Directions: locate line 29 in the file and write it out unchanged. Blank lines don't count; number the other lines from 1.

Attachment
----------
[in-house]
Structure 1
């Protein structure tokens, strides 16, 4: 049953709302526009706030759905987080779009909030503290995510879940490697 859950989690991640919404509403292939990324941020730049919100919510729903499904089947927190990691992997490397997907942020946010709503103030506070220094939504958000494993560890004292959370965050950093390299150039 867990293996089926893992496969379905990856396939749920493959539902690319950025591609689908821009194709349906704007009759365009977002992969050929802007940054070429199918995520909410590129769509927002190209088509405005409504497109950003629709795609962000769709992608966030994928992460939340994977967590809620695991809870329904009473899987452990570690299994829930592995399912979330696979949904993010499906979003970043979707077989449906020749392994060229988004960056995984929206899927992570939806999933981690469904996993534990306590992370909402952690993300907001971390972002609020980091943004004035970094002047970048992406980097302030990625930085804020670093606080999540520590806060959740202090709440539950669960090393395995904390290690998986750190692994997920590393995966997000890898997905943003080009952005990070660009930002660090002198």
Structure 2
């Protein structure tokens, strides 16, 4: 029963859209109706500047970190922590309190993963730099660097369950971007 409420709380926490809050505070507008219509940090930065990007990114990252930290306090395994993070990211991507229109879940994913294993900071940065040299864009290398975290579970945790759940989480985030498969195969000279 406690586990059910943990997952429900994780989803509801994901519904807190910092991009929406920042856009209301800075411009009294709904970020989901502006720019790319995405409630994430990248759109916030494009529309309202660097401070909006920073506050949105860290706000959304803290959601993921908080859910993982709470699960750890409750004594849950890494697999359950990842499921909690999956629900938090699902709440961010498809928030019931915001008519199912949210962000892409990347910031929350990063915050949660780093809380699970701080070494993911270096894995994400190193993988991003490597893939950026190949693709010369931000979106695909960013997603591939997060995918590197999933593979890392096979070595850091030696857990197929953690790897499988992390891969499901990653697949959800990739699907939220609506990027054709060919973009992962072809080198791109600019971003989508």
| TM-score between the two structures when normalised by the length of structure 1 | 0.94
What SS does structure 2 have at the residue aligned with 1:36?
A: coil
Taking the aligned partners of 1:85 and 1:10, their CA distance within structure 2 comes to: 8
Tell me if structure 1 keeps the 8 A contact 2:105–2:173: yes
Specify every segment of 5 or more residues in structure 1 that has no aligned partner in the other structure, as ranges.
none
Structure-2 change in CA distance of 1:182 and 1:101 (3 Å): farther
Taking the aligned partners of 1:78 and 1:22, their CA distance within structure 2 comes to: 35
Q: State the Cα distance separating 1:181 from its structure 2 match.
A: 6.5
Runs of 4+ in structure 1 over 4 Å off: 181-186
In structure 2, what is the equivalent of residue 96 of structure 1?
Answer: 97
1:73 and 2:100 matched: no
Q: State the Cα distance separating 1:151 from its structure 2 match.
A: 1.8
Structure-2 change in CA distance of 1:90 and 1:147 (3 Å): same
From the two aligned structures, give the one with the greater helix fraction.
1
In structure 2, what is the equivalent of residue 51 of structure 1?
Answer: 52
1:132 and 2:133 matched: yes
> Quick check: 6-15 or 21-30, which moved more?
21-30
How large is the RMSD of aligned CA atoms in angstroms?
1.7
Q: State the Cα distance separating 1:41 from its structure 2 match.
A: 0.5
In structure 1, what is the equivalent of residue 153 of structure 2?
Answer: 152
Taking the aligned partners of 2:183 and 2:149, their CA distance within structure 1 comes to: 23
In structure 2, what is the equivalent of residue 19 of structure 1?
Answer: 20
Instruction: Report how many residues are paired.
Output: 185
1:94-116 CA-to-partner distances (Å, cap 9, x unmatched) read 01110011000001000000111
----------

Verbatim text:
> Quick check: 6-15 or 21-30, which moved more?